In recent years, Lyme disease has almost become another one of those fad medical conditions that tends to catch headlines (and audiences), similar to Vitamin D, supplemental testosterone, and gluten sensitivity. I’m not saying these things are not real … they are very real for some. But they are overly-used and abused in order to gain media attention (sorry again, Dr. Oz).
With Lyme disease being so over-hyped in the media, and with it being such a mysterious illness with common symptoms, it’s challenging to decipher fact from fiction. And that’s my goal for today’s episode—to explain what we do know about Lyme disease, and what may be over-sensationalization.
What Is Lyme Disease?
Lyme disease stems from the bite of a tick, of all things. And in the Unites States, it is associated with one blood-sucking species that transfers a bacteria called “Borrelia burgdorferi.”
After that nasty (and sometimes not noticeable) tick bite carrying the illness, there are three phases of the condition in adults:
1. Early Localized: In about 80% of patients with Lyme disease, a particular skin lesion typically develops at the site of the tick bite, referred to as “Erythema Migrans,” within a month after the bite. This one skin lesion itself often expands over the next few days or weeks, and appears as a “bulls-eye” (think “Target,” no pun intended). This stage may also include very non-specific viral-like symptoms (but without the upper respiratory or stomach symptoms), such as fevers, body aches, fatigue, headaches, lymph node enlargements, neck stiffness, etc. Not very unique or distinguishable without that rash, huh?
2. Early Disseminated: Within days to weeks after the infection, the rash tends to spread. And within weeks to months after, Lyme can spread to the nervous system, heart, or eyes and produce more specific Lyme symptoms:
- Nervous System: Numbness/tingling in the hands or feet, symptoms of meningitis, or abnormalities of the nerves on the face
- Heart: Inflammation or weakness of the heart muscles and palpitations caused by heart block on an EKG that resolves in days to weeks
- Eyes: Inflammation of the eyes or acute vision changes
3. Late: This later stage (typically months to a few years after the initial stages) often includes joint pain or arthritis in one or multiple larger joints, most commonly the knee. Also, if it attacks the nervous system, further neurologic symptoms can also develop, including subtle difficulty concentrating. These neurologic symptoms are often also non-specific and attributable to numerous other conditions as well. So, it can be challenging to pinpoint.
Some patients may “miss” or skip the early stages altogether and instead initially present in the late stages. That’s what makes this rare disease so tricky to diagnose. So, how do you diagnose Lyme disease?
Diagnosis of Lyme Disease
Testing for the antibodies for Lyme is recommended when suspecting the disease; this means testing for those proteins that the immune system produces in order to fight off the bug. These include IgGs, which are the antibodies that remain positive for prior infections (often termed “memory” antibodies, since the body remembers it long term via these proteins), and IgMs, which are only produced in an acute and current infection.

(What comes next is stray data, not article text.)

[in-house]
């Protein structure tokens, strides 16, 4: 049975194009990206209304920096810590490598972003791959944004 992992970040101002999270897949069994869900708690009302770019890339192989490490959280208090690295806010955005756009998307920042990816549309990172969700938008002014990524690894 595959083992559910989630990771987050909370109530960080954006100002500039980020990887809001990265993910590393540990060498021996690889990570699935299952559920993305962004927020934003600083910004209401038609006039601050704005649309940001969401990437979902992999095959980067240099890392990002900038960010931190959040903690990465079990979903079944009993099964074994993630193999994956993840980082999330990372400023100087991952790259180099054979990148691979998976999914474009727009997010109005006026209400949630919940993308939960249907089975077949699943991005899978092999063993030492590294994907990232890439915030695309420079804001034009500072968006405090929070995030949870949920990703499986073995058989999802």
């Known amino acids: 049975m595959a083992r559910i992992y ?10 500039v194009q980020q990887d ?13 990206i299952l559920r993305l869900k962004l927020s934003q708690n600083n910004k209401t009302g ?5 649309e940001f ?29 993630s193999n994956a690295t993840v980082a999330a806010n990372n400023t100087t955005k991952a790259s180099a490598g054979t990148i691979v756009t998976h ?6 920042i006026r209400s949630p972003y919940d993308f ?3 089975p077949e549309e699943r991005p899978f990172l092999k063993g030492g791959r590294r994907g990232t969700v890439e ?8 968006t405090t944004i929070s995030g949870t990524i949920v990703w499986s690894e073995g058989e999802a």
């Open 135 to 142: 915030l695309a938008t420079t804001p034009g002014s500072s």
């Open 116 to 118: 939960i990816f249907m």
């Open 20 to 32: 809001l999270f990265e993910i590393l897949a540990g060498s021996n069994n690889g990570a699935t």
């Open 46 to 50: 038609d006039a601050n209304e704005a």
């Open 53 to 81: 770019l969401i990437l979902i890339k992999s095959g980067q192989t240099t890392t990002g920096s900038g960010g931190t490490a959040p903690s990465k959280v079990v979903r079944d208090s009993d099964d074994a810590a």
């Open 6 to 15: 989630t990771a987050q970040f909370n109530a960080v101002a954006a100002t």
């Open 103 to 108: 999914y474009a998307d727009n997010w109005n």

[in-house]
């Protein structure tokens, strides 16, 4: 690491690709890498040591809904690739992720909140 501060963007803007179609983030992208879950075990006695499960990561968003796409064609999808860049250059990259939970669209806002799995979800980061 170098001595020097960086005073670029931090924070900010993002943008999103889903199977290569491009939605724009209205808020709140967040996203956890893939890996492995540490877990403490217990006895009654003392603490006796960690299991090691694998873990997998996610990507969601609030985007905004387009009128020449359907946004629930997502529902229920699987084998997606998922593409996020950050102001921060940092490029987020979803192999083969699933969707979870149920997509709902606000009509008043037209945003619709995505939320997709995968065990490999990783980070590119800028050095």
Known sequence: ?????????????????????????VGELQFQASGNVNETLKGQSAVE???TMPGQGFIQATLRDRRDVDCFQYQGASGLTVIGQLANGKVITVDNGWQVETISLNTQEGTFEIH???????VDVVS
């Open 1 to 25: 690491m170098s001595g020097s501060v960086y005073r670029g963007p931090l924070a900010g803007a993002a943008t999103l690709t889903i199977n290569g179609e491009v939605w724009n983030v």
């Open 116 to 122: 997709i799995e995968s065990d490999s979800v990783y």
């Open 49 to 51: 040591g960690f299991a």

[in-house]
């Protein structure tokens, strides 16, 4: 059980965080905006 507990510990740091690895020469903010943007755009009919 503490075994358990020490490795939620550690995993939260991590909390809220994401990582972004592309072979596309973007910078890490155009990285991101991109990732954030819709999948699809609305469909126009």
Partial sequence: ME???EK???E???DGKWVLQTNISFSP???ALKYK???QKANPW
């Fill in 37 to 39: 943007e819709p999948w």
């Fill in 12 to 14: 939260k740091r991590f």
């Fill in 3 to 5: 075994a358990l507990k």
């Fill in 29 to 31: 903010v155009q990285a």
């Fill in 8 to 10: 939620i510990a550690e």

Unfortunately, false-positive testing has been reported for Lyme disease, and therefore the blood test alone is not enough to diagnose the disease. According to the Infectious Diseases Society of America, the guidelines also require the following three:
- Recent travel to an endemic area
- Risk factor for exposure to ticks, specifically
- And very specific symptoms of Lyme disease: to include symptoms due to meningitis, nerve pain, cranial nerve palsy, unusual swelling of the joints/arthritis, or symptoms due to inflammation of the heart
Here’s the KEY take-home point: non-specific symptoms (such as fatigue, body aches, headaches, etc), plus a Lyme disease positive antibody testing is NOT sufficient to fulfill a true diagnosis of Lyme disease. Lyme disease is NOT a “diagnosis of exclusion,” which means it “must” be Lyme since all other testing is normal.
Treatment of Lyme Disease
Lyme disease is treated with the following 3 first-line antibiotics, for anywhere between 10 to 21 days:
Another controversial phase after treatment termed “post-Lyme disease syndrome” is also reported to linger for up to 6 months to 1 year after treatment, with continued symptoms of fatigue, headaches, and joint pain.
The tricky part about this phase is that these non-specific symptoms can be attributable to numerous other medical conditions. It’s a very small percentage of patients thought to experience Lyme disease chronically after treatment, and is not due to active infection by no means. To give you an example, the more common stress, depression, anxiety, fibromyalgia, autoimmune-disorders, and illicit drug or alcohol abuse can also cause fatigue, body aches, and/or headaches. Sometimes, it can be quite a challenge to tease it all out and blame Lyme disease for everything little symptom.
My advice is to find a well-respected physician in your community that has extra knowledge and expertise in Lyme disease and your symptoms, in order to find an accurate diagnosis.
Well, thanks again for listening to this episode of the House Call Doctor. If you have any future topic suggestions, you can email me at firstname.lastname@example.org. Have a healthy week!
Please not that all content here is strictly for informational purposes only. This content does not substitute any medical advice, and does not replace any medical judgment or reasoning by your own personal health care provider. Please always seek a licensed physician in your area regarding all health related issues.
Lyme disease image courtesy of Shutterstock.